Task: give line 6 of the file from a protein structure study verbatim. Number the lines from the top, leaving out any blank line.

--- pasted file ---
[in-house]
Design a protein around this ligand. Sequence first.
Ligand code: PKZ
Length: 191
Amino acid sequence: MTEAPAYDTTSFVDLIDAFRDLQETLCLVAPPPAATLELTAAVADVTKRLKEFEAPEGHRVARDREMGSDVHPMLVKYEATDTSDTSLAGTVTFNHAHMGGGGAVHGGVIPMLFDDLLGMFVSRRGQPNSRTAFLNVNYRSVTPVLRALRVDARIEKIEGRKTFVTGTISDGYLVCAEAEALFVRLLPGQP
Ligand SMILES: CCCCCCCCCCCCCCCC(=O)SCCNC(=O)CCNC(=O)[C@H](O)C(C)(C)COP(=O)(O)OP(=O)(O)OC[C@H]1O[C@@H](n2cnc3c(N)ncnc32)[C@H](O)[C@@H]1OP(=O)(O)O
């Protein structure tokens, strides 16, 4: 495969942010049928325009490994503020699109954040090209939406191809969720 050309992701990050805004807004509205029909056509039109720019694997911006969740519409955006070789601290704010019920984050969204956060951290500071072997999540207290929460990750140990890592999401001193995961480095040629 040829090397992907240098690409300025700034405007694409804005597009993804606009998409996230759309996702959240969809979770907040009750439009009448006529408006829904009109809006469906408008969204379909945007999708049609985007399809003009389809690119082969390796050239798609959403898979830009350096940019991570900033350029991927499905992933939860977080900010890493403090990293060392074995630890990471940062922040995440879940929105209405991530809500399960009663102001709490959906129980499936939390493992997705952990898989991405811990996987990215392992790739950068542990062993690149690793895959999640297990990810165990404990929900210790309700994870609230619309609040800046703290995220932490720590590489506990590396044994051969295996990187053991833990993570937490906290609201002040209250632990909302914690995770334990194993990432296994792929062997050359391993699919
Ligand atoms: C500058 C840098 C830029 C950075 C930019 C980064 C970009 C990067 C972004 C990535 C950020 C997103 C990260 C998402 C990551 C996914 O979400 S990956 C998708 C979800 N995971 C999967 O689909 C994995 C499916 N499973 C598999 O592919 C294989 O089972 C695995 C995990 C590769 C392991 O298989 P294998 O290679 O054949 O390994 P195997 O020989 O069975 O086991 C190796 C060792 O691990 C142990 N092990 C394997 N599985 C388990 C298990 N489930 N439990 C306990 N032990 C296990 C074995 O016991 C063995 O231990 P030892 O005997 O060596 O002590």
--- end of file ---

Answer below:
Ligand SMILES: CCCCCCCCCCCCCCCC(=O)SCCNC(=O)CCNC(=O)[C@H](O)C(C)(C)COP(=O)(O)OP(=O)(O)OC[C@H]1O[C@@H](n2cnc3c(N)ncnc32)[C@H](O)[C@@H]1OP(=O)(O)O